The Talmud is often thought of as a legal source-book, which sets the precedents for Jewish practice. But it is also a work of imagination in which the rabbis explored the world and its ways through parables and anecdotes. Sage Tales is a popular and lively introduction to the “oddities and quiddities” of this rich narrative material by a veteran professor of Midrash at New York’s Jewish Theological Seminary.
Rabbi Visotzsky writes more in the vein of a raconteur than a scholar, sprinkling around references to baseball or musicals.But he uses his erudition deftly to explain the social milieu in which the rabbis lived and the nuances of the original language of their tales: Rabbi Akiva’s wealthy father-in-law, outraged at his daughter marrying a poor man, is named Ben Kalba Savua, meaning “satisfied son of a bitch”.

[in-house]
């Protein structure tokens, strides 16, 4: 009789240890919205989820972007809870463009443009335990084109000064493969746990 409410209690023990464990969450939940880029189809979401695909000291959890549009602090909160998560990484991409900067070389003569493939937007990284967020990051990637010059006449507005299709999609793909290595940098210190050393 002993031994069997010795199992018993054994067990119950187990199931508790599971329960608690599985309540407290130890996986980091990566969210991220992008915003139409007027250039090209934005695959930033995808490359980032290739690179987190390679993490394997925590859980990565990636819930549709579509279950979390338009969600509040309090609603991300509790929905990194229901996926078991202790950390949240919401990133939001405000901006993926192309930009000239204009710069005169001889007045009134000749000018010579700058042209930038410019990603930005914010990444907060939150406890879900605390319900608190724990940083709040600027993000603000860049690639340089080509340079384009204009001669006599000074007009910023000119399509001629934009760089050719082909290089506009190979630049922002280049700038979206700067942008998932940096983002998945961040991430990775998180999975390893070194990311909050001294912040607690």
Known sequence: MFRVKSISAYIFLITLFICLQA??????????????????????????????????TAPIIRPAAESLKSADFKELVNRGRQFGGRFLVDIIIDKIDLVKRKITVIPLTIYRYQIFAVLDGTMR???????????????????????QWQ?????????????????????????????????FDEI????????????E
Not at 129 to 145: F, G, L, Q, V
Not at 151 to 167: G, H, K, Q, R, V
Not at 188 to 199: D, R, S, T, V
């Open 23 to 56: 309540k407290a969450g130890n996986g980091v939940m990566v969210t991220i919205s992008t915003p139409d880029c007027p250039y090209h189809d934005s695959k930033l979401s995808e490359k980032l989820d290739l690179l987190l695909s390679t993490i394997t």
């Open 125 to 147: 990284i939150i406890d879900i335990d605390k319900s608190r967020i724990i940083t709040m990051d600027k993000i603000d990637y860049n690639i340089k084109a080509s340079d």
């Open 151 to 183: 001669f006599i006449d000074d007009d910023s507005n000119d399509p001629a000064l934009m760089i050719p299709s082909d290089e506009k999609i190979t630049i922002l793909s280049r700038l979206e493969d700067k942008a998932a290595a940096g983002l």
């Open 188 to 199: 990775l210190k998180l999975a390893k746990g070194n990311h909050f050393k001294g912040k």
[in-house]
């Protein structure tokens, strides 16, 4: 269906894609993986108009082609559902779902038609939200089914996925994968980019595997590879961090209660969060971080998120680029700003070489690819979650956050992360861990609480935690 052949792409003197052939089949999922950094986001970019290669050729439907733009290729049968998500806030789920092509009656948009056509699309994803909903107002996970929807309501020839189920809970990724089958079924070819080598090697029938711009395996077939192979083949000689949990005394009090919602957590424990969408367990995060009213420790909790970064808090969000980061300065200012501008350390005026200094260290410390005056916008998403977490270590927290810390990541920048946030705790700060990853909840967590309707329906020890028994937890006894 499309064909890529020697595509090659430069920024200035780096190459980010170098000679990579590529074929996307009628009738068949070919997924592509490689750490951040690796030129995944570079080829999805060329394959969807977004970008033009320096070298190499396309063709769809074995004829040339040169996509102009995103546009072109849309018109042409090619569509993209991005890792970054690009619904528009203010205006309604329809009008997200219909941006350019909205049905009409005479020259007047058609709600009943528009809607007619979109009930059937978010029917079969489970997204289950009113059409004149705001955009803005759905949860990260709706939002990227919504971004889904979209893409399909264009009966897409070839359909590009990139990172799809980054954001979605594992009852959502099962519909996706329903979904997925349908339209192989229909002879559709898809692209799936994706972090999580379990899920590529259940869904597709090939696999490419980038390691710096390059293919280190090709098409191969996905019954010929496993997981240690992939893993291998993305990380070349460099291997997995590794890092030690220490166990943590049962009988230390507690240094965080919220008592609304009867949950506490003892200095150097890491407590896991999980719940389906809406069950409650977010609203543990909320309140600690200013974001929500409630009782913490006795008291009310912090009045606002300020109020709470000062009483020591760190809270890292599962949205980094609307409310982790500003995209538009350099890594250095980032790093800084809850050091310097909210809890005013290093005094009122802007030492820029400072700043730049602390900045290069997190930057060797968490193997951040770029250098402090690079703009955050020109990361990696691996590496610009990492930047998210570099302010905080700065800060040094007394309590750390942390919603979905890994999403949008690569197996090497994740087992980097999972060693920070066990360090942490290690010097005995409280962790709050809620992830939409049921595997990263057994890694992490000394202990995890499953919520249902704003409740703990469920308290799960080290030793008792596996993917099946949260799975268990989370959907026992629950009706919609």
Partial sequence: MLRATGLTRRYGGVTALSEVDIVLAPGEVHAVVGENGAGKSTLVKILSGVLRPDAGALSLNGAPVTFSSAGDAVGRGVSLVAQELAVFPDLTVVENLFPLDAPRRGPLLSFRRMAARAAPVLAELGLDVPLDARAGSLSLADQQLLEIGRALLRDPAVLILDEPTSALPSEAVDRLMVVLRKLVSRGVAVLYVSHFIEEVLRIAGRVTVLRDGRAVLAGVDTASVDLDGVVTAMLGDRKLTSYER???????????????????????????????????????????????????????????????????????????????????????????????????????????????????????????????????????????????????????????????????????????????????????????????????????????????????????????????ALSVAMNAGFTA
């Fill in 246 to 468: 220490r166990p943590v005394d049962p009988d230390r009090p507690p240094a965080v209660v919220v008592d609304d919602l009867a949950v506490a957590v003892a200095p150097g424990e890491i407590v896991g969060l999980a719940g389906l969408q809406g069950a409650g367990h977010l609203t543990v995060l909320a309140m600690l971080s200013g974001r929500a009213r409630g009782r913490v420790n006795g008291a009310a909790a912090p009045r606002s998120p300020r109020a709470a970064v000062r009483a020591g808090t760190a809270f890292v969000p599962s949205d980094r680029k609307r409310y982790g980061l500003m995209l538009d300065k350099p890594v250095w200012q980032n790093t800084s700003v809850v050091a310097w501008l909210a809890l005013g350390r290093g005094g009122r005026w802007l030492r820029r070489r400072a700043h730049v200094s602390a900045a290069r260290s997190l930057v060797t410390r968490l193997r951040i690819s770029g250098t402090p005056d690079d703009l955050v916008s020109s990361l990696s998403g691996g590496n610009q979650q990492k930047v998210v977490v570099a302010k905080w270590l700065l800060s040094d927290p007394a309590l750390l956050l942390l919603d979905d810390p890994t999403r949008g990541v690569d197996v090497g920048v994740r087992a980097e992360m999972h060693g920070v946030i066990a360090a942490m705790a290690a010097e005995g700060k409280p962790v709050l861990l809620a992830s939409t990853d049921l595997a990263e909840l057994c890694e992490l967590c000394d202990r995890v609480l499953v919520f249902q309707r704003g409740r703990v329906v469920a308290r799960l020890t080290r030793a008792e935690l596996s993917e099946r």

While in later centuries the lives of great rabbis were often airbrushed by their hagiographic disciples, the foibles of the Talmud’s heroes can be exposed by the stories it tells about them. Even in a section dealing with their mystical speculations, Rabbi Visotzky portrays them as men of this world rather than unearthly saints.